Conn. Lawmakers Consider Eliminating Religious Exemption For Vaccines

Mar 14, 2019

House Majority leader Matt Ritter, D-Hartford, speaks during opening session at the state Capitol in Hartford in 2017.
Credit Jessica Hill / AP

House Majority Leader Matt Ritter wants Connecticut lawmakers to vote to end the religious exemption for childhood vaccinations this year. It’s in response to the recent outbreak of measles in 12 states and in the Orthodox Jewish community in Brooklyn and Queens.

Ritter, a Hartford Democrat, says 800 kindergarteners start school each year in Connecticut without being vaccinated.

“We have to vote affirmatively on this. Because heaven forbid, a child in one of these towns with a compromised immune system comes down with measles and dies. I don’t want that on my conscience. So at the end of the day I’m not here to tell people how they’ve got to vote. Everybody should vote the way they want.”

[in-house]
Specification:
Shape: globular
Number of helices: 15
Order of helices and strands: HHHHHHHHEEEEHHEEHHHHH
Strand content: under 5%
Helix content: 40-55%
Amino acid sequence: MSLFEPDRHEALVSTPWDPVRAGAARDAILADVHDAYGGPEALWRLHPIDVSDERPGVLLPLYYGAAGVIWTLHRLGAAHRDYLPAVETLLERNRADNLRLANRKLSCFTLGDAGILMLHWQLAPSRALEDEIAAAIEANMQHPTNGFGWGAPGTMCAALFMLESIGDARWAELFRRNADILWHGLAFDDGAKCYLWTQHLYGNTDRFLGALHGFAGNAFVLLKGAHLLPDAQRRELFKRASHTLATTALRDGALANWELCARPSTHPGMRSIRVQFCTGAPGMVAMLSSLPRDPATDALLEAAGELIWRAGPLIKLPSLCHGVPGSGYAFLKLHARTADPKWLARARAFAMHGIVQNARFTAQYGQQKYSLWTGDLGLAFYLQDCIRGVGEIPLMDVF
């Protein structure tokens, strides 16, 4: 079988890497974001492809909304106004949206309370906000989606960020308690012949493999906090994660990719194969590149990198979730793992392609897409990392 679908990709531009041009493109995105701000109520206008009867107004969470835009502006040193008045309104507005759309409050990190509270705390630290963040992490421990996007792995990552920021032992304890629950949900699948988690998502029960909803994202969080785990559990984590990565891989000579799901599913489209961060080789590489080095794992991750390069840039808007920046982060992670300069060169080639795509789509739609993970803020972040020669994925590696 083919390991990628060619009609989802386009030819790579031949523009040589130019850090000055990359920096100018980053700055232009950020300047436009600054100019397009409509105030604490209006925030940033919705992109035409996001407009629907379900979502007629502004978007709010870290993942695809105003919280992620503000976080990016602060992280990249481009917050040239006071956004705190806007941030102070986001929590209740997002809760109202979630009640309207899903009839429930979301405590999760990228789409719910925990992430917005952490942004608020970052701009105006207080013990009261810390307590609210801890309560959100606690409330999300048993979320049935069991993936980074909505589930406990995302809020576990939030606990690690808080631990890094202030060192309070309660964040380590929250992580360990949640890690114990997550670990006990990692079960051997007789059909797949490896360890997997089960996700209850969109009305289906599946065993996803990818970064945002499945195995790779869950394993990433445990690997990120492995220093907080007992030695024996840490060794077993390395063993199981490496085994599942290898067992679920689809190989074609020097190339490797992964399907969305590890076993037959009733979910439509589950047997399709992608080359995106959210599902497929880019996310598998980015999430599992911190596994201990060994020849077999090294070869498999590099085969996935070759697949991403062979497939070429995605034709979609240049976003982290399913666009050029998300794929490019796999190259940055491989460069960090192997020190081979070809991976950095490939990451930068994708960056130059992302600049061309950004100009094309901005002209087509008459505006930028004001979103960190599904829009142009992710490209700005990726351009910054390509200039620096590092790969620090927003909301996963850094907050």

Republican Representative Vincent Candelora of North Haven supports keeping the religious exemption and says it’s premature to have a vote.

“Regardless of how you feel on whether there should be a religious exemption, there should be a public hearing first.”

In 2015 lawmakers tightened Connecticut’s exemption law to require parents to declare annually if they refuse to vaccinate their children on religious grounds. It followed the initial measles outbreak in California.